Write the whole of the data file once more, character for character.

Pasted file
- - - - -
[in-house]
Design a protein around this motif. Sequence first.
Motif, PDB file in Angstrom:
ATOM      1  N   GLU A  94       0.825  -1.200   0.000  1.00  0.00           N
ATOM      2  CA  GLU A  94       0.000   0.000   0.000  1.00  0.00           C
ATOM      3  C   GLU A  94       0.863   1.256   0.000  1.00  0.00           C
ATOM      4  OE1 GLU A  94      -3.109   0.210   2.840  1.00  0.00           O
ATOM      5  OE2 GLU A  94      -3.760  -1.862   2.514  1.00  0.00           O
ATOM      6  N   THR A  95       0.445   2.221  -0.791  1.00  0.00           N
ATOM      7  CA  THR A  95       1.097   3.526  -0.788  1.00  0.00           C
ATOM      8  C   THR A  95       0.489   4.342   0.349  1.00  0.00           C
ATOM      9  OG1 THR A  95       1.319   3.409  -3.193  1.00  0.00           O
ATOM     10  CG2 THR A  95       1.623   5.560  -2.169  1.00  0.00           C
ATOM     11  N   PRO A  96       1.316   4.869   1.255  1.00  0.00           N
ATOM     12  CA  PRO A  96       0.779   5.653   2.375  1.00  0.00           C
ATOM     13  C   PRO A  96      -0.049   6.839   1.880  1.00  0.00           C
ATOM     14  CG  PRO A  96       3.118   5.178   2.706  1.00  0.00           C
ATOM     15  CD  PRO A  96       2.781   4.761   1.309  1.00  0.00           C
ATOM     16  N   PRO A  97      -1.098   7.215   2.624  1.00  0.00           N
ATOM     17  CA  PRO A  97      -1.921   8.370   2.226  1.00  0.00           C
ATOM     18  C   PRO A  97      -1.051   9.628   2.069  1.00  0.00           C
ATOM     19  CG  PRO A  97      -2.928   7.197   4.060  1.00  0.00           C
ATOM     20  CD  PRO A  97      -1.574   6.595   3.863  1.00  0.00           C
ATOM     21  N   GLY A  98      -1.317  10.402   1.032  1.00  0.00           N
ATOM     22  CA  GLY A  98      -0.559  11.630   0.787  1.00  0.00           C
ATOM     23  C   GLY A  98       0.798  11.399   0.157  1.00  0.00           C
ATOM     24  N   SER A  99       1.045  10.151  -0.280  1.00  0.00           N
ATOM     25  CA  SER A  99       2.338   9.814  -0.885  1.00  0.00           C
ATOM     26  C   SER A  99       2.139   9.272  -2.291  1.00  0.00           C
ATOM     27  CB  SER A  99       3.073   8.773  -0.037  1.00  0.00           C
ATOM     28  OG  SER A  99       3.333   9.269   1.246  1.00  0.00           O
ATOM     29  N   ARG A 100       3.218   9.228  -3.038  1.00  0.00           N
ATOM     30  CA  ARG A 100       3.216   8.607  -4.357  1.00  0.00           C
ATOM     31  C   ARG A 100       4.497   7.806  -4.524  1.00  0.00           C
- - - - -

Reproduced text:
[in-house]
Design a protein around this motif. Sequence first.
Motif, PDB file in Angstrom:
ATOM      1  N   GLU A  94       0.825  -1.200   0.000  1.00  0.00           N
ATOM      2  CA  GLU A  94       0.000   0.000   0.000  1.00  0.00           C
ATOM      3  C   GLU A  94       0.863   1.256   0.000  1.00  0.00           C
ATOM      4  OE1 GLU A  94      -3.109   0.210   2.840  1.00  0.00           O
ATOM      5  OE2 GLU A  94      -3.760  -1.862   2.514  1.00  0.00           O
ATOM      6  N   THR A  95       0.445   2.221  -0.791  1.00  0.00           N
ATOM      7  CA  THR A  95       1.097   3.526  -0.788  1.00  0.00           C
ATOM      8  C   THR A  95       0.489   4.342   0.349  1.00  0.00           C
ATOM      9  OG1 THR A  95       1.319   3.409  -3.193  1.00  0.00           O
ATOM     10  CG2 THR A  95       1.623   5.560  -2.169  1.00  0.00           C
ATOM     11  N   PRO A  96       1.316   4.869   1.255  1.00  0.00           N
ATOM     12  CA  PRO A  96       0.779   5.653   2.375  1.00  0.00           C
ATOM     13  C   PRO A  96      -0.049   6.839   1.880  1.00  0.00           C
ATOM     14  CG  PRO A  96       3.118   5.178   2.706  1.00  0.00           C
ATOM     15  CD  PRO A  96       2.781   4.761   1.309  1.00  0.00           C
ATOM     16  N   PRO A  97      -1.098   7.215   2.624  1.00  0.00           N
ATOM     17  CA  PRO A  97      -1.921   8.370   2.226  1.00  0.00           C
ATOM     18  C   PRO A  97      -1.051   9.628   2.069  1.00  0.00           C
ATOM     19  CG  PRO A  97      -2.928   7.197   4.060  1.00  0.00           C
ATOM     20  CD  PRO A  97      -1.574   6.595   3.863  1.00  0.00           C
ATOM     21  N   GLY A  98      -1.317  10.402   1.032  1.00  0.00           N
ATOM     22  CA  GLY A  98      -0.559  11.630   0.787  1.00  0.00           C
ATOM     23  C   GLY A  98       0.798  11.399   0.157  1.00  0.00           C
ATOM     24  N   SER A  99       1.045  10.151  -0.280  1.00  0.00           N
ATOM     25  CA  SER A  99       2.338   9.814  -0.885  1.00  0.00           C
ATOM     26  C   SER A  99       2.139   9.272  -2.291  1.00  0.00           C
ATOM     27  CB  SER A  99       3.073   8.773  -0.037  1.00  0.00           C
ATOM     28  OG  SER A  99       3.333   9.269   1.246  1.00  0.00           O
ATOM     29  N   ARG A 100       3.218   9.228  -3.038  1.00  0.00           N
ATOM     30  CA  ARG A 100       3.216   8.607  -4.357  1.00  0.00           C
ATOM     31  C   ARG A 100       4.497   7.806  -4.524  1.00  0.00           C